℞. Apo-Furosemide To Treat Your Edema & Hypertension

Apo-Furosemide has been prescribed to you by your health provider to treat your edema (water retention) or hypertension (high blood pressure). Apo-Furosemide belongs to a group of medicines known as diuretic drugs which improve the elimination of water and salts (electrolytes) in the urine.

When Apo-Furosemide Should Not Be Used

Do not use Apo-Furosemide if you are allergic to it or to any of the components of its formulation or to any sulfonamide-derived drugs. Ask your physician or pharmacist if you are not sure what sulfonamide-derived drugs are.

Do Not Use Apo-Furosemide If:

  • You are suffering kidney failure, hepatic (liver) coma or precoma disease.
  • You have electrolyte depletion (loss of blood salts e.g. dehydration, hot weather, excessive sweating…) or severe hyponatremia (low blood sodium),
    hypokalemia (low blood potassium), hypovolemia (low blood volume), hypotension (low blood pressure) or dehydration until your electrolytes and fluid balance are restored.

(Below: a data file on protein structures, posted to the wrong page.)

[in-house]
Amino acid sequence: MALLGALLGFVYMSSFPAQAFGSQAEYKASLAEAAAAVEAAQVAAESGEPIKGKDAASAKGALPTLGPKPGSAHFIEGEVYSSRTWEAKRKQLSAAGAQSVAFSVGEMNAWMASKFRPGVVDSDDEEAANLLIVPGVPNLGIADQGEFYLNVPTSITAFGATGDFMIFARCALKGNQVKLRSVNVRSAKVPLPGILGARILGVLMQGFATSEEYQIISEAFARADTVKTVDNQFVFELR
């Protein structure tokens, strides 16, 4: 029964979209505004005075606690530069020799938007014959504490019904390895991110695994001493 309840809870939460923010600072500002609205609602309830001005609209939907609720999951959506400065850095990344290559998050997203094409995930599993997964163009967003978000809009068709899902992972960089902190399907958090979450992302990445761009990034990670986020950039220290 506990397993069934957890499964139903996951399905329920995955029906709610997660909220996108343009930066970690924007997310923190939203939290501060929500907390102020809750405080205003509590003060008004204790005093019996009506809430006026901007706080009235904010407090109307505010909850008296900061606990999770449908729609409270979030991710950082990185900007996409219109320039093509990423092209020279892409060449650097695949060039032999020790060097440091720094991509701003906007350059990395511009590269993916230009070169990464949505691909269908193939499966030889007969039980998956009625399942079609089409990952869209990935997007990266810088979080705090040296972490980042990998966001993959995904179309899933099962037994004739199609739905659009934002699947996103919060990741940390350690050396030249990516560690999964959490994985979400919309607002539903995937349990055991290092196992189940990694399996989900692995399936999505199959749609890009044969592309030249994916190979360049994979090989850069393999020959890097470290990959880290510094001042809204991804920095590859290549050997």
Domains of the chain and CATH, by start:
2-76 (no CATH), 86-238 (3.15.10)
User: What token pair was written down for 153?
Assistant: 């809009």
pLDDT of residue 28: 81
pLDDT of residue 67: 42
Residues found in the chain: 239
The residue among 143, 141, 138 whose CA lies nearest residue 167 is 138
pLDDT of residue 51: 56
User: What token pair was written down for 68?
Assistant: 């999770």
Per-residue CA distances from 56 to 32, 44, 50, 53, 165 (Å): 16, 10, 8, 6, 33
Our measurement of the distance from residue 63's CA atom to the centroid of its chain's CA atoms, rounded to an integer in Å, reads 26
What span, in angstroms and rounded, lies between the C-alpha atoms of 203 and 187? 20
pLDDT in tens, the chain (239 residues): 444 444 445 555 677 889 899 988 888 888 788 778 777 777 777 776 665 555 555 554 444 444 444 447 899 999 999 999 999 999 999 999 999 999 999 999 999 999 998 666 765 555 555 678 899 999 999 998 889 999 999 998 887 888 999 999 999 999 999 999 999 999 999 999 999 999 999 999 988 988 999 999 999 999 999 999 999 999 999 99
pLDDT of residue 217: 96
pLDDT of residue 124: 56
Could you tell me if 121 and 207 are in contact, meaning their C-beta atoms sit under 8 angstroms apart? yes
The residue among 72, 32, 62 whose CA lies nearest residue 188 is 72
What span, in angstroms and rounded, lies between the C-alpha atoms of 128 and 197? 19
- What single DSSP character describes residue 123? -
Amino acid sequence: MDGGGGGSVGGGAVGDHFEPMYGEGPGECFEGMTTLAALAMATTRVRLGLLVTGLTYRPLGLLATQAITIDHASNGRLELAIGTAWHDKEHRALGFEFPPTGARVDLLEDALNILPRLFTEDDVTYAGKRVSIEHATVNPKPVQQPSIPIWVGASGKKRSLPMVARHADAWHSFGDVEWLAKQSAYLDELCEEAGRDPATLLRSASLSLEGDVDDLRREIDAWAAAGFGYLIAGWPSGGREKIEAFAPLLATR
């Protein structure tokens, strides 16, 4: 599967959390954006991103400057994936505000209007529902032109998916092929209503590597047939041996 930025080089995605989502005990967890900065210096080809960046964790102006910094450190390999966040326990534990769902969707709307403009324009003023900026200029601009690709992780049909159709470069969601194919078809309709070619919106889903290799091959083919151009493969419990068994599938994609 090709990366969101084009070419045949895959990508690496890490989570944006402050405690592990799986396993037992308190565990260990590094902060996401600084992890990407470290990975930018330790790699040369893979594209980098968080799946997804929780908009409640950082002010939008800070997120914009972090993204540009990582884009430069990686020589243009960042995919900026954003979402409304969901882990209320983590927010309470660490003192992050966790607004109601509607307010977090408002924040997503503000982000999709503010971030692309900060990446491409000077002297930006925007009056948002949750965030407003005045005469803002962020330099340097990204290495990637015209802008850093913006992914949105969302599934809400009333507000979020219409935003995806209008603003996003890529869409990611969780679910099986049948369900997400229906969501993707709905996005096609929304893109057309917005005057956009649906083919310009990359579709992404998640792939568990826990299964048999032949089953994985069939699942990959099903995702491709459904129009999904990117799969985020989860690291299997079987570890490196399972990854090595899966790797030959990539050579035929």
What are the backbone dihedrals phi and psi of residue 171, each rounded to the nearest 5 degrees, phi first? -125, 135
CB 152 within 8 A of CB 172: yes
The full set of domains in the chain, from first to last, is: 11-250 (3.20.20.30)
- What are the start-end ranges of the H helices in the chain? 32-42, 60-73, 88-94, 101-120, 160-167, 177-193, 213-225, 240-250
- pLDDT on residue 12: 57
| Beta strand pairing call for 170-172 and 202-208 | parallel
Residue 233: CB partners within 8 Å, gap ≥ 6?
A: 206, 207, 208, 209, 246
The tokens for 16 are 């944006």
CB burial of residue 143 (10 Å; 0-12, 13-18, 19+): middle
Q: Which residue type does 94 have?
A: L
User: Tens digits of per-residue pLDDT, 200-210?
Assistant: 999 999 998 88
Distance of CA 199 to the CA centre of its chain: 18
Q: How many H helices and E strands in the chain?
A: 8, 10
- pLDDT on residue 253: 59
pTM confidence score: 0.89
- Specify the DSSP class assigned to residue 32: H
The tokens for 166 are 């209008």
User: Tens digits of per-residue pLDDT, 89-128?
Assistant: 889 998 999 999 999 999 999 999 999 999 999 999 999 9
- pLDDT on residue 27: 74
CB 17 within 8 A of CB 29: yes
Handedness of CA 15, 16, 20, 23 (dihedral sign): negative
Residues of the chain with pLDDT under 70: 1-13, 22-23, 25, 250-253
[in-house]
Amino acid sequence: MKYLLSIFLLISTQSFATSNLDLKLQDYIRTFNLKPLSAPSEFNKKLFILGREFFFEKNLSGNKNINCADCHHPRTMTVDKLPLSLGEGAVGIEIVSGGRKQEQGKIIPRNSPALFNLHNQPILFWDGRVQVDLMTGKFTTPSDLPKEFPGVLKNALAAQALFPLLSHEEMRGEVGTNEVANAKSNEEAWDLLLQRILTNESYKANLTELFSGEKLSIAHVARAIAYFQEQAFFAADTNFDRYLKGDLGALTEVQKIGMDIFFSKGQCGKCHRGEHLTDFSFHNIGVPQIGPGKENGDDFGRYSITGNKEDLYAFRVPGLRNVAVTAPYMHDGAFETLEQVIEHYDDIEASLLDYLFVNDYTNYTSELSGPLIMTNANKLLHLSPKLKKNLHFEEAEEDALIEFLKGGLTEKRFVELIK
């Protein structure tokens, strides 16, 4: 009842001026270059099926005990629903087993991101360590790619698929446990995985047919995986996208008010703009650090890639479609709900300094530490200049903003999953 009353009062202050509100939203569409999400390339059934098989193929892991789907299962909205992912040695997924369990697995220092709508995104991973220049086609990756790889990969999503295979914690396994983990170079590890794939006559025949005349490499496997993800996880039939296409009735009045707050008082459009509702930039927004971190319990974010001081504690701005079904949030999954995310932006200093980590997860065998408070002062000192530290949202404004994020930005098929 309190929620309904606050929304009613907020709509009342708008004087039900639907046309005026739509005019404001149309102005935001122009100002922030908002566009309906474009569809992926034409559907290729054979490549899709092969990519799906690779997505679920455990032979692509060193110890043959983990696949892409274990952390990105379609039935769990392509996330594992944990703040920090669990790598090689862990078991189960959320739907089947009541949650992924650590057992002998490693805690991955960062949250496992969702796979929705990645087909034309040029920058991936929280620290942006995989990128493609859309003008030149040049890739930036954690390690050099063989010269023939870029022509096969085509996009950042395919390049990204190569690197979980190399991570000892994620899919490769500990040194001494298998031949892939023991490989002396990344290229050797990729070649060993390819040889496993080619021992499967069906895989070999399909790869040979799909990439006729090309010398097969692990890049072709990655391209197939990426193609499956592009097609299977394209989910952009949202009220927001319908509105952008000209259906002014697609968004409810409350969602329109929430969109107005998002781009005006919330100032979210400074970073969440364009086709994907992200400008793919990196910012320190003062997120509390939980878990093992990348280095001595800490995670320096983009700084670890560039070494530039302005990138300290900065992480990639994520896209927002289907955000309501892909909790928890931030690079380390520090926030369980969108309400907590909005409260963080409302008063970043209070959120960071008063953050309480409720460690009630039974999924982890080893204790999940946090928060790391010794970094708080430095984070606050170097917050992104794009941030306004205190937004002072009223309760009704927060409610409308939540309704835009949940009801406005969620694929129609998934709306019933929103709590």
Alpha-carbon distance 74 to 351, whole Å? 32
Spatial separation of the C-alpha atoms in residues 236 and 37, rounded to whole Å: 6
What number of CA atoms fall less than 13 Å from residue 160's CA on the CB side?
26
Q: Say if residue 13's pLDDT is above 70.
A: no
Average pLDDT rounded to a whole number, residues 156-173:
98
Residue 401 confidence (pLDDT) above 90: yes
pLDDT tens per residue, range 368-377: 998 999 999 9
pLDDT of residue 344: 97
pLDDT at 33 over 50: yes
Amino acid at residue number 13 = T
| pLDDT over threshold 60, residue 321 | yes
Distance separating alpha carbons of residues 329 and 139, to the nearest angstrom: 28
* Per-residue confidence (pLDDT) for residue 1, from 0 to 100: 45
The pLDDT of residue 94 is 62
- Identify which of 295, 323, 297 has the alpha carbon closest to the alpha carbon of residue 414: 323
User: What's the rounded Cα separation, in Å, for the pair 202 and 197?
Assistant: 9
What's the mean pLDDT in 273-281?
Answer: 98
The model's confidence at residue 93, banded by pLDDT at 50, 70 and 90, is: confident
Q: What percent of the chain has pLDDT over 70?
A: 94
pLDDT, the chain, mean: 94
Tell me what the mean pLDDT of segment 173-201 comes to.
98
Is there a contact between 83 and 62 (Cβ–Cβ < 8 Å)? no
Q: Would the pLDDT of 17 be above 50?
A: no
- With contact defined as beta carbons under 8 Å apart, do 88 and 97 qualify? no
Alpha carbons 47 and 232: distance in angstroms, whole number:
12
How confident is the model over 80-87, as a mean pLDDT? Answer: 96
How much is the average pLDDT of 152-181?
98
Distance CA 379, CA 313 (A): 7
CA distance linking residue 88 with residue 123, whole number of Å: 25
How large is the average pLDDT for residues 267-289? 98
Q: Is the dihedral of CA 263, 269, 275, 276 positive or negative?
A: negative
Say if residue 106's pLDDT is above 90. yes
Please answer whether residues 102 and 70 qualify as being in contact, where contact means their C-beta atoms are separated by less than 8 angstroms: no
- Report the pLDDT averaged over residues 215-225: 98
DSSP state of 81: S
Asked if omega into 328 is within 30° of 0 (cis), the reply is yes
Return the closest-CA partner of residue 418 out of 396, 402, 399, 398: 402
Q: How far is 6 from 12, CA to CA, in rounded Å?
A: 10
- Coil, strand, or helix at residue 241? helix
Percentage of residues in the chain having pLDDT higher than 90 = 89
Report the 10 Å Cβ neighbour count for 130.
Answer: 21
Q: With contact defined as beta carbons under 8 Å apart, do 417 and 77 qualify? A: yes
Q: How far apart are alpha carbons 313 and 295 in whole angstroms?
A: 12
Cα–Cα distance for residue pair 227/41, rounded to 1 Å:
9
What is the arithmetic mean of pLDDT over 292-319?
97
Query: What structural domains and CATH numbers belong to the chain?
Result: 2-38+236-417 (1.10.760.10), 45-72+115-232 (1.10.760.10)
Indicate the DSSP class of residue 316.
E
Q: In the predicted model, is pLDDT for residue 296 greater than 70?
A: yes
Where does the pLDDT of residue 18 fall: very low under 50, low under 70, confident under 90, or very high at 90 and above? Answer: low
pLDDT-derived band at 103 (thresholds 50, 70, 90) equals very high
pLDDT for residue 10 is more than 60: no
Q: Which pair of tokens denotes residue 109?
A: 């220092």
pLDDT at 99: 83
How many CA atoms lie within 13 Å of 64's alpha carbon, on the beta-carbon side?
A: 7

• Your newborn infant has jaundice (yellowing of the skin and/or eyes) or infants suffering from certain diseases (e.g. Rh incompatibility, familial non-hemolytic jaundice (yellowing of the skin and/or eyes without evidence of liver damage).
  • Do not breastfeed if you intend to use Apo-Furosemide.
Apo-furosemide oral tablets
Apo-furosemide oral tablets

What Is The Medicinal Ingredient Of Apo-Furosemide

  • Furosemide.

Warnings And Precautions

Apo-Furosemide is a very strong water pill which if given in excessive amounts can lead to a profound water and electrolyte loss from the body. Therefore, careful medical supervision is required. The dose and dose schedule have to be adjusted to the individual patient’s needs.